Patients with conditions, including rare and serious forms of epilepsy or multiple sclerosis, will now be able to access their prescribed medicines faster

The government has announced changes to the rules on importuning cannabis-based medicines, allowing patients faster access to treatment.

The changes will allow companies to import cannabis-based medicinal products into the UK in advance of prescriptions, enabling patients who have a prescription to get their medicines in days rather than months.

The new legislation, to be implemented by the Home Office and the Medicines and Healthcare products Regulatory Agency (MHRA), means that, as of today, companies will be able to import these medicines in bulk, which will be given to patients with prescriptions via a pharmacy.

This follows changes to the legislation in October 2018, which allowed specialist doctors in the UK to prescribe cannabis-based products for medicinal use, in recognition that cannabis has medicinal value and should be available on prescription.

Patients with conditions, including rare and serious forms of epilepsy or multiple sclerosis, will now be able to access their prescribed medicines quicker.

Making the announcement, Home Secretary Priti Patel said: “I have taken swift action to allow specialist doctors to issue prescriptions for cannabis-based medicinal products, when they consider their patients would benefit from this treatment.

“This will allow patients and their families with challenging conditions to access them more easily, when appropriate, to ensure they can be treated in days, not months.”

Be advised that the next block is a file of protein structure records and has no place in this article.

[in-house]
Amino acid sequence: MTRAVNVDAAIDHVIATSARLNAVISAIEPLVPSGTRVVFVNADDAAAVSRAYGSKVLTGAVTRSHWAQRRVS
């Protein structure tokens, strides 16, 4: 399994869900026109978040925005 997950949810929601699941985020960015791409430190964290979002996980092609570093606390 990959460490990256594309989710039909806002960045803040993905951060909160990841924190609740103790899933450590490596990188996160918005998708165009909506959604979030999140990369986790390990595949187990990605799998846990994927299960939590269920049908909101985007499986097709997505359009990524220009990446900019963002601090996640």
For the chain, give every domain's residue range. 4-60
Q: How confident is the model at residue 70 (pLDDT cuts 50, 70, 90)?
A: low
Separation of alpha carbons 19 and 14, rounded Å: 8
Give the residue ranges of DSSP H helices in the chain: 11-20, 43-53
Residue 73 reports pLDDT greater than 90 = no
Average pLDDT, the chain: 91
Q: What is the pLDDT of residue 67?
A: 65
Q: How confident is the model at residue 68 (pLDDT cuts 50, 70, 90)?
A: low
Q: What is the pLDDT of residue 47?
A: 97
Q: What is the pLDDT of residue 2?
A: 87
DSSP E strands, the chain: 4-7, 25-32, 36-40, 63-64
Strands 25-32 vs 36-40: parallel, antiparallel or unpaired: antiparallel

Most cannabis-based medicines are imported from foreign countries, with export restrictions delaying it by weeks or even months.

Recognising the risk of delays in treatment, the government said it’s “committed to ensuring quick, uninterrupted access”, whilst also working with the wider industry on “exploring further actions” to reduce costs and encourage more evidence-based research.

Heath Secretary Matt Hancock said: “Every time I meet the families of young people dealing so bravely with childhood epilepsy, I am reminded of just how much they have been through.

“The changes made today are a tremendous step towards improving the supply of cannabis-based medicinal products by helping to ensure quicker and more reliable access for patients.

“But we still have a long way to go. We need more research into the quality and safety of these medicines, and to do all we can to cut down the costs and remove barriers so that, when appropriate, patients can access it, including on the NHS.”

Secretary of State Hancock and Pharmacy Minister Jo Churchill today met with campaigners and industry leaders to discuss how the costs of unlicensed cannabis-based medicinal products could be further reduced for patients.

In November last year, the National Institute for Health and Care Excellence (NICE) also recommended two cannabis-based medicinal products for patients with multiple sclerosis and hard-to-treat epilepsies.

Welcoming today’s announcement, Dr Andy Yates, Pharmacy Lead at the Centre for Medicinal Cannabis, said: “Today’s announcement will be warmly welcomed by patients, carers, and clinicians alike. It’s crucial as we build the evidence required to realise the potential of cannabis-based medicinal products that there are no unnecessary impediments to accessing prescriptions.

“We are grateful that the Government has listened to the valid concerns expressed by our members and responded with measures that will immediately improve access to these novel medicines and accelerate clinical understanding of their use. We look forward to working on the finer details of how this can now be implemented.”

Cannabis is a Class B drug under the Misuse of Drugs Act 1971.

It is unlawful to possess, supply, produce, import or export this drug except under a Home Office licence.

It is also an offence to cultivate any plant of the genus cannabis except under a Home Office licence.

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